On the twelve days of Christmas your offspring gave to thee:
First we start with dinner,
Leonard Cohen's anthem,
Bearing our sorrows,
Multitude of praisers,
Little lights a-twinkling,
Wild honey pot!
Pretty shoes and dove,
That black sheep,
Crunchy bugle snacks,
And their pictures on a gold tree
For the past six or seven years Elliot and Oliver have tried to do something to make their parents' Christmas sparkle. This year they decided on the Calgary Philharmonic Orchestra's annual performance of Handel's Messiah.
But an Event has to have build-up, of course, and a lot of discussion including eating (also of course! The two boys and their Auntie K love to eat together!) ensued:
Boston Pizza ...
We had to keep eating until we settled on the clues building up to December 6, and how it was all going to work. There was going to be one cryptic clue added to a tree each of the 11 days before the Messiah. Each clue would reference some song from the masterpiece.The last one - the one that invited The Parents to dinner - would be placed at the base of the tree on the morning of the 6th.
They were to tell their mother to take a picture of the tree each day and send it to Auntie K, who followed up on Facebook with the Twelve Days song you see above, as part of the clue.
They were not to give any other clues to The Parents until the last day.
Here are the solutions to the clues:
Day 12: Julia Child's confirmation trivet that we were on the right track, along with an invitation to Ruth's Chris Steakhouse
Day 11: The Hallelujah Chorus, of course!
Day 10: O death, where is thy sting? O grave, where is thy victory?
Day 9: He was despised and rejected of men; a man of sorrows, and acquainted with grief.
Day 8: And suddenly there was with the angel a multitude of the heavenly host praising God and saying:
Glory to God in the highest!
Day 7: (There were shepherds abiding in the field keeping watch over their flocks by night. And lo! The angel of the Lord came upon them and the glory of the Lord shone round about them and they were sore afraid.)
And the angel said unto them, Fear not; for, behold, I bring you good tidings of great joy which shall be to all people. For unto you is born this day in the city of David a Saviour which is Christ the Lord.
Day 6: The people that walked in darkness have seen a great light: and they that dwell in the land of the shadow of death, upon them hath the light shined.
Day 5: The voice of him that crieth in the wilderness, Prepare ye the way of the Lord, make straight in the desert a highway for our God.
Day 4: How beautiful are the feet of them that preach the gospel of peace!
Day 3: All we like sheep have gone astray; we have turned every one to his own way ...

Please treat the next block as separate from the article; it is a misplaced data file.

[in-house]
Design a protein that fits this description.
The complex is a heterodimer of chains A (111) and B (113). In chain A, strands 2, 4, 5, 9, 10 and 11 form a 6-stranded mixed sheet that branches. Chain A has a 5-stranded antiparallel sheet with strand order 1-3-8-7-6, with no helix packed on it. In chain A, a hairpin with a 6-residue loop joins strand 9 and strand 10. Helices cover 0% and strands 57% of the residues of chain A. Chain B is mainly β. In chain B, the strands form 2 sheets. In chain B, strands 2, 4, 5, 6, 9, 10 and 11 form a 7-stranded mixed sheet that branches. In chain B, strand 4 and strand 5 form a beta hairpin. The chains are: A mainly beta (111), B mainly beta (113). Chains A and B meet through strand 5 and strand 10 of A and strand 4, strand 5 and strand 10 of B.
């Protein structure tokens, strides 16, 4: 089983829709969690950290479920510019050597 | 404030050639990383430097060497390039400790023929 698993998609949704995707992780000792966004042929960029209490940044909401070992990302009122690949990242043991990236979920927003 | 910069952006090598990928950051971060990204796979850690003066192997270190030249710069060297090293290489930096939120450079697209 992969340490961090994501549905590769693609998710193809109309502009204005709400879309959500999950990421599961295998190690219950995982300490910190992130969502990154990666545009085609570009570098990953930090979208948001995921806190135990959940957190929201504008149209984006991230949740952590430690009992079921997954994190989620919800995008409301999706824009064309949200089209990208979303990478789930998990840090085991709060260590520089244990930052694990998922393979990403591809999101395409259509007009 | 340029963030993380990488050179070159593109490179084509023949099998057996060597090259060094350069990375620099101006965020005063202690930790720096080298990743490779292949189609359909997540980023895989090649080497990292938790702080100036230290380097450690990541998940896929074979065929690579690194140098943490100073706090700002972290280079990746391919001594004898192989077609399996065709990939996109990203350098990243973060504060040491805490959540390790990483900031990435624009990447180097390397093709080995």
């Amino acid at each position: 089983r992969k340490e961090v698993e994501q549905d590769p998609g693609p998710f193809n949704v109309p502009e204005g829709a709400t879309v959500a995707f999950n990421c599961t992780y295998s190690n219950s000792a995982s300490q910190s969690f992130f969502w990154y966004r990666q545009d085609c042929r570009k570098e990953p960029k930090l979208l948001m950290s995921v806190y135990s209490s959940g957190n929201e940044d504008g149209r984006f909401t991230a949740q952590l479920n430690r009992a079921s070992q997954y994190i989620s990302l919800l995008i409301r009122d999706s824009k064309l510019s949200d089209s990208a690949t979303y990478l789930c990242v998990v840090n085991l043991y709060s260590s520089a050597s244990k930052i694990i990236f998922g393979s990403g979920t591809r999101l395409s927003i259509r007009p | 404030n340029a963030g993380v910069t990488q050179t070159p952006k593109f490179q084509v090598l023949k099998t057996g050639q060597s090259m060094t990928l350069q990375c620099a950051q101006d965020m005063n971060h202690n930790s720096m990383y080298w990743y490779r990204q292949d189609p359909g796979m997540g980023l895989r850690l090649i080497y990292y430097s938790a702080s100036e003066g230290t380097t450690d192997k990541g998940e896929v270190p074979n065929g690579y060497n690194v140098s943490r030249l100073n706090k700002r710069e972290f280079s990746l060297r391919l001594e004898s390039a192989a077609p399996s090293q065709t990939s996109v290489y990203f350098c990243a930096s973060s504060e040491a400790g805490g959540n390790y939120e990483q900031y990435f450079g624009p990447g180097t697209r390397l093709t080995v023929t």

Day 2: The trumpet shall sound, and the dead shall be raised incorruptible!
Day 1: For unto us a child is born; unto us a son is given!
After a mouth-watering experience at Ruth's Chris Steakhouse we ran through the Plus 15 walkways, very necessary to Calgary winters and gratefully received by our party this night, to the Jack Singer Concert Hall. We slipped into our seats - Row E Centre - just as Michael Hope, the CPO's second bassoonist and so much more, prepared to deliver his opening remarks and acknowledgments.
Here is the official review from the Calgary Herald:
From our vantage point, five rows away from the stage, the soloists did full justice to Handel. Perhaps Daniel Taylor was more fragile than I have heard him in the past, but we wondered if he was battling a sore throat or the like as he seemed to sip more water than usual. As for baritone Peter Harvey, his delivery was consistently high and his "Trumpet Shall Sound" was fresh and triumphant. Tenor Colin Balzer launched the evening with "Comfort Ye" and we knew we were in for a treat. But the astonishing gift of the evening was soprano Sherezade Panthaki, whose voice soared to high D on one memorable run and who sang each of her solos with understanding, grace and deep sympathy. Her exquisite delivery made me want to weep, made me glad I was sitting next to Bronwyn, made me want to share the moment with my friends Jane and Mary.
Conductor Ivars Taurins has to be mentioned - what he drew out from the orchestra and chorus was nothing short of mesmerizing. It was a fresh, crisp, quick Messiah to be sure; but at the same time his profound knowledge of the work enabled him to let the soloists set their own pace, confident that he would rally the instruments and voices back into time.
The Hallelujah Chorus left Bronwyn and me with tears rolling down our faces; and the Amen Chorus at the end sealed the evening, growing from a muted Amen to soar and swell in wave after wave until the rafters of the Jack Singer auditorium resounded with praise and confidence that "worthy [indeed] is the Lamb that was slain, and hath redeemed us to God by His blood, to receive power, and riches, and wisdom, and strength, and honour, and glory, and blessing."
In my humble, untrained opinion, Handel's Messiah is like no other score ever written: its musicality and virtuosity is unquestioned, but it is more than that - it opens up the scriptures and sets the story of Jesus to music in a way never accomplished before or since. And this year's magnificent performance was one for the books.
The evening drew abruptly to a close as winter highway driving stared us in the face. Quick hugs and goodbyes and we went our separate ways, thanking God for Handel, thanking God for each other, thanking God for two young men who arrange a Christmas Event for their much-loved parents each December.
(Tafelmusik's recording of the Amen chorus; Ivars Taurins conducting)